Tquila limits hangover associated with Salesforce migrations

Operating out of London and Munich, the Platinum-level integrator is the cloud applications giant's biggest pan-European partner.

When it comes to the flood of public relations pitches that I receive on a daily basis for this column -- some really well-targeted, some not-so-much -- there are certain missives guaranteed to capture my attention.

When it comes to the subject of this column, Salesforce.com Platinum integrator Tquila, the connection was pretty obvious. How could I not be curious about a company that has chosen to name itself after an adult libation? 

Over the past 30 months, Tquila has established itself as a go-to partner for European businesses seeking to invest in the Salesforce platform -- operating out of offices in London and Munich. Now, it's actively building a presence in Asia.

"We are known for our deep experience in delivering transformative solutions built on the platform, and our ability to support innovators within large enterprise companies," Paul Andrew, co-founder and chief strategy office for Tquila, wrote me in the pitch to capture my attention. "We have also built a range of accelerators to address issues customers want to build on cloud, like mobile-first, location awareness, offline-access, and consumer apps with rich UI/UX. These allow our clients to build and deploy applications in exceptionally short time frames and 'crush the time to value.' "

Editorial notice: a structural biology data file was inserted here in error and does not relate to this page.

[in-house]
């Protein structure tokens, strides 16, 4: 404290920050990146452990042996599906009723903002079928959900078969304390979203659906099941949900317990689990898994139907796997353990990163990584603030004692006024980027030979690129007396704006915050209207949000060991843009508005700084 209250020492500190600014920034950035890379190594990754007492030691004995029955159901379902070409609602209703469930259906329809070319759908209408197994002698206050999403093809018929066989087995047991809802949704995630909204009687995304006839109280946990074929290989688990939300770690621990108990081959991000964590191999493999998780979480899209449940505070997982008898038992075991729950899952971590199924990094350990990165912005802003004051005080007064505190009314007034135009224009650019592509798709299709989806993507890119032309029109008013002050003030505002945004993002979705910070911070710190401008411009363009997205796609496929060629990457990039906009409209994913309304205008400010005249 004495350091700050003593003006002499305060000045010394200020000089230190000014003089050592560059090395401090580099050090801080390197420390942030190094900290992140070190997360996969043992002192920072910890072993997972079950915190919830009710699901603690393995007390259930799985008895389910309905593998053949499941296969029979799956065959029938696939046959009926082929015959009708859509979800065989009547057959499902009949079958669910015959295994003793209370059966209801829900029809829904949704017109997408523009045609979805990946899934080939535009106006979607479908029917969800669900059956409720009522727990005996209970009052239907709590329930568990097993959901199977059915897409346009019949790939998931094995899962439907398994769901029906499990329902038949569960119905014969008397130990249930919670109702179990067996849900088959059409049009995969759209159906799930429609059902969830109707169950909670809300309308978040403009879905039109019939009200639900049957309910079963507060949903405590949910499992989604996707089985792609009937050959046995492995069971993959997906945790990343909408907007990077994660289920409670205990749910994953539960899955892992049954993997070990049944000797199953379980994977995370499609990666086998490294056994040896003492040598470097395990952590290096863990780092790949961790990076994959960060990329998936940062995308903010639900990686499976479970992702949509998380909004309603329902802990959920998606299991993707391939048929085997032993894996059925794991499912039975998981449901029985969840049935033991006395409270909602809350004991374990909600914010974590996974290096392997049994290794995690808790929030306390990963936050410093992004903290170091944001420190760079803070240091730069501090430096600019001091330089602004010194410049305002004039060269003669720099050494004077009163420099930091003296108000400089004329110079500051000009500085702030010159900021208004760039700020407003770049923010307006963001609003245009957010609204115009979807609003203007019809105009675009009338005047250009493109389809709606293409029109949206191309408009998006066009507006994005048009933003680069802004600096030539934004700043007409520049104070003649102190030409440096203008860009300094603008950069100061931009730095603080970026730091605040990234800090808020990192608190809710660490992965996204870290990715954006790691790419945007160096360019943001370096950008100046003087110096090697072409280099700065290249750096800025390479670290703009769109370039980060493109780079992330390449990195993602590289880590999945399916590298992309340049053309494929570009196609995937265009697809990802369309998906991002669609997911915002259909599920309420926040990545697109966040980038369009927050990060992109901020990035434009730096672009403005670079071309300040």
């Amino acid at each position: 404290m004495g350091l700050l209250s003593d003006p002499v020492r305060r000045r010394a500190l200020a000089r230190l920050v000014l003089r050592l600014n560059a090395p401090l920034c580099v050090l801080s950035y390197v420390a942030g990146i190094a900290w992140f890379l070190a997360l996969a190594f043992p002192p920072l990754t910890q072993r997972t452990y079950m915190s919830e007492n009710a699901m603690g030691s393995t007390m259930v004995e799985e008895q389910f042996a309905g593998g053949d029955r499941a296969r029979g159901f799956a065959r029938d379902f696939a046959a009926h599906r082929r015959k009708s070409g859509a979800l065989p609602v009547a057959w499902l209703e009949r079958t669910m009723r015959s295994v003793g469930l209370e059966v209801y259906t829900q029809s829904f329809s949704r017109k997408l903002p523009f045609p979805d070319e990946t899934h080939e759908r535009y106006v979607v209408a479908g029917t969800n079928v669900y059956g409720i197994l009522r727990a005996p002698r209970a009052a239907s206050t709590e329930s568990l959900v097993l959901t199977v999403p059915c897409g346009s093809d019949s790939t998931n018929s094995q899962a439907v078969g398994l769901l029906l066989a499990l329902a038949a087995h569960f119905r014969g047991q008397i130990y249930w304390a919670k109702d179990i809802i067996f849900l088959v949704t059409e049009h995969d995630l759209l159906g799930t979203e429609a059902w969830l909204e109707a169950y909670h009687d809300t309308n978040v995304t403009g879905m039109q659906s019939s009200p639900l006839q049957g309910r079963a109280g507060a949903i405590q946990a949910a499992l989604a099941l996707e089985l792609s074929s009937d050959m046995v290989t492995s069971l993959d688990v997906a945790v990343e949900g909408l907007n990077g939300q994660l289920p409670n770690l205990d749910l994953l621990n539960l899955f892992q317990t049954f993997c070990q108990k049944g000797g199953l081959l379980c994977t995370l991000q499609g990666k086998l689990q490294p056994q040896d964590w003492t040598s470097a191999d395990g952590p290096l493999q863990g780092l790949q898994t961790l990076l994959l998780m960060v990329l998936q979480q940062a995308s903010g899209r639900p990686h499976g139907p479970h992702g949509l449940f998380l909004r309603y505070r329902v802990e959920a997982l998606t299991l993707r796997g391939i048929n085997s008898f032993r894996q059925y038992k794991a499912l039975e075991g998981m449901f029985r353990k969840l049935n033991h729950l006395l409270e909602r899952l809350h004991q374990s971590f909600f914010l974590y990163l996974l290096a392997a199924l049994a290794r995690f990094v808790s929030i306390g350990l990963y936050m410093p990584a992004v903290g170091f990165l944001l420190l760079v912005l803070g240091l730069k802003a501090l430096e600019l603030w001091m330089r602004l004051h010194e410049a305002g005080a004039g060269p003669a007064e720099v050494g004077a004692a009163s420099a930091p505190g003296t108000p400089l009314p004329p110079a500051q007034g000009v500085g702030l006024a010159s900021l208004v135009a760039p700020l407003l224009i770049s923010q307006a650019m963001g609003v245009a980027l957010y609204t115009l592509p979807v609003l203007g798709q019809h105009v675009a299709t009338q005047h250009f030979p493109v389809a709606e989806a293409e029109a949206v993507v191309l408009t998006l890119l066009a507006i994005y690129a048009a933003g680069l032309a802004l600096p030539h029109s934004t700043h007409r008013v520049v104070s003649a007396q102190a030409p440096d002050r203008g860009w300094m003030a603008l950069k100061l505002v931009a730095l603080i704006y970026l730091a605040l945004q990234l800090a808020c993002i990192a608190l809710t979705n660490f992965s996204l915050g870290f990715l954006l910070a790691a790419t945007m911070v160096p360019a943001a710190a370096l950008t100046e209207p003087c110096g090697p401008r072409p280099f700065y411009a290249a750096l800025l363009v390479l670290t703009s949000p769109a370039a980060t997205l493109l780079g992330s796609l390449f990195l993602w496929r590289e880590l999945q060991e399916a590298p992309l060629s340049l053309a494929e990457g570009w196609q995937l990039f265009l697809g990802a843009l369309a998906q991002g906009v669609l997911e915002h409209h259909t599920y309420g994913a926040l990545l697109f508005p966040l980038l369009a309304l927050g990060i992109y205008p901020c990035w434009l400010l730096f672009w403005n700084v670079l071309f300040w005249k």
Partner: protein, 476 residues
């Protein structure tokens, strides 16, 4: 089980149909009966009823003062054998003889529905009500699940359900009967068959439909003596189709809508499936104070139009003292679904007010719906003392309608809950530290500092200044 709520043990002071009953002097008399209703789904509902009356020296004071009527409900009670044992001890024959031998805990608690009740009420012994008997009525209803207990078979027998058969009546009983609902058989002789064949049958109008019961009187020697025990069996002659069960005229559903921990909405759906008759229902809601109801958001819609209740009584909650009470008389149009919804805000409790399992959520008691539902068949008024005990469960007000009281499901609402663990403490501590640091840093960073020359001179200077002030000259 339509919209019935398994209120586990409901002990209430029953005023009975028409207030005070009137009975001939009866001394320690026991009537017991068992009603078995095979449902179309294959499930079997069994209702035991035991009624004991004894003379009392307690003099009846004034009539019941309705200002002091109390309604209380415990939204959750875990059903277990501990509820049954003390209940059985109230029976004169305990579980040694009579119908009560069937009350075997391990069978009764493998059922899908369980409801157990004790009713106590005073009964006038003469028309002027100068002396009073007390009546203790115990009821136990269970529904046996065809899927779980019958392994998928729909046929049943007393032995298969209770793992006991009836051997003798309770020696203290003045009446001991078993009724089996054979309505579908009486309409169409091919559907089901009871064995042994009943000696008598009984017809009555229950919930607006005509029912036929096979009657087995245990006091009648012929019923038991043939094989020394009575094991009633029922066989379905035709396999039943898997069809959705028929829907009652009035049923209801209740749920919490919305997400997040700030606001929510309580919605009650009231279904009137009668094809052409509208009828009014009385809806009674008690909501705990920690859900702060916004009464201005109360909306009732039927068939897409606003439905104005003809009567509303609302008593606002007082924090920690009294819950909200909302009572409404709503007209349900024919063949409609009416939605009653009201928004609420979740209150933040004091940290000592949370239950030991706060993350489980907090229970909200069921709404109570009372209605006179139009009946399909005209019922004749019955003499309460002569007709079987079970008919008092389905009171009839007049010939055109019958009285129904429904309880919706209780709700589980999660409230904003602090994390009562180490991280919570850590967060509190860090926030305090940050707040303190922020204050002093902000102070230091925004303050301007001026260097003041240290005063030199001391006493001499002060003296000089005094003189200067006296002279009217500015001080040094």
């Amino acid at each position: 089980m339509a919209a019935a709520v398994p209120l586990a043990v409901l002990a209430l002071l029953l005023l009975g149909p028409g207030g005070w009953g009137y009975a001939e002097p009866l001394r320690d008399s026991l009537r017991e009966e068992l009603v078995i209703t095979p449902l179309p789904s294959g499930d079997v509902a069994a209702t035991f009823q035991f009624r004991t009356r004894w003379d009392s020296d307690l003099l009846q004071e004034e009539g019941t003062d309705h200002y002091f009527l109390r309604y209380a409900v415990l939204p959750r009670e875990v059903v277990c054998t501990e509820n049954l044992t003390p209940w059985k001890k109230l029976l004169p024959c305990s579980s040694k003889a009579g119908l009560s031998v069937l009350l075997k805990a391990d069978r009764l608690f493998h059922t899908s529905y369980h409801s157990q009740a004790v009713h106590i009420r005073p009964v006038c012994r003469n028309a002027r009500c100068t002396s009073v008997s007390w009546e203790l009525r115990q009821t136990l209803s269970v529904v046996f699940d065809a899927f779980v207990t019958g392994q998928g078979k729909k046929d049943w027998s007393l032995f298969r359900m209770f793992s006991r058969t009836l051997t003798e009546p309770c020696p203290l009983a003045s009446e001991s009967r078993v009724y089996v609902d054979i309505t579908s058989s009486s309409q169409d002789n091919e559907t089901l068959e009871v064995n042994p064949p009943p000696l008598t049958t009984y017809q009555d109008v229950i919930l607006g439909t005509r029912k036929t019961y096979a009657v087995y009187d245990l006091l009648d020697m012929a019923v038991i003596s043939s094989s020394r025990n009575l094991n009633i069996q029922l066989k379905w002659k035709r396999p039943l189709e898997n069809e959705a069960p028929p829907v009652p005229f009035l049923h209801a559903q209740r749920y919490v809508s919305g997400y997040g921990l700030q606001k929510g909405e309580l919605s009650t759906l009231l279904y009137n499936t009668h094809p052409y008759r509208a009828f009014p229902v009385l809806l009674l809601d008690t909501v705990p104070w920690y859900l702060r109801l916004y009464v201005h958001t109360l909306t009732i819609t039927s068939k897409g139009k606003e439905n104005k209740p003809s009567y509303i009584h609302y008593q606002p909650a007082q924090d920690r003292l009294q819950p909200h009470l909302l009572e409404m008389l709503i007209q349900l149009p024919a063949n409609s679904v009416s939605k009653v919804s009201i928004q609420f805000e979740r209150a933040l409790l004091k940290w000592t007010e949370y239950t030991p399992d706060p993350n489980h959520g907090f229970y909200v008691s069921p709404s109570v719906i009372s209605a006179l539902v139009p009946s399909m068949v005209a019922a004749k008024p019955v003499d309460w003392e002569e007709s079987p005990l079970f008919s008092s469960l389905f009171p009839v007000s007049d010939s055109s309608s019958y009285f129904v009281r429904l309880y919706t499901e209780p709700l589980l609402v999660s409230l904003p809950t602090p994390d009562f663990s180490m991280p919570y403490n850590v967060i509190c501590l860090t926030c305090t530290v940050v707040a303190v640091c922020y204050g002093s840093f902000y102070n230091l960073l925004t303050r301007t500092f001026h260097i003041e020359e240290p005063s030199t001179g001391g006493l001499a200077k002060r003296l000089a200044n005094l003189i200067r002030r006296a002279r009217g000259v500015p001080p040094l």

Great branding aside, what Tquila focuses on managing for its clients is the organization angst -- the hangover if you will -- that can bubble up around cloud application development or migration projects when companies are trying to mix too many competing agendas.

"No matter how impactful a cloud project promises to be, it's usually tough to get stakeholders aligned, to manage the associated shift in user priorities," Andrew told me when I interviewed him a few weeks ago. "We can take a good idea and prove its value in a matter of weeks."

Getting to that point is crucial for winning over skeptics, he said. 

One subject about which Andrew is particularly vocal is the notion that cloud adoption among European companies is lagging that of their U.S. counterparts, as it did during the early days of the PC industry and enterprise applications rollouts. In fact, cloud services are accelerating the pace of innovation and risk-taking, he believes.

"Europe is no longer four to five years behind," Andrew said. "There is just as much of an appetite for innovation as the rest of the world. If you look at the driving force, it is coming out of users. The users are benchmarking what they have [personally] with what they want [at work]. This has set the new standard for application design."

For now, Tquila is exclusively focused on deployments involving Salesforce and the eco-system of ISVs that has cropped up around the platform.

The company employs approximately 100 Salesforce professionals, and its publicly declared client list includes the likes of the Financial Times, Johnson & Johnson, Burberry, Credit Suisse, H.R. Owen, London Capital Group, and Workshare.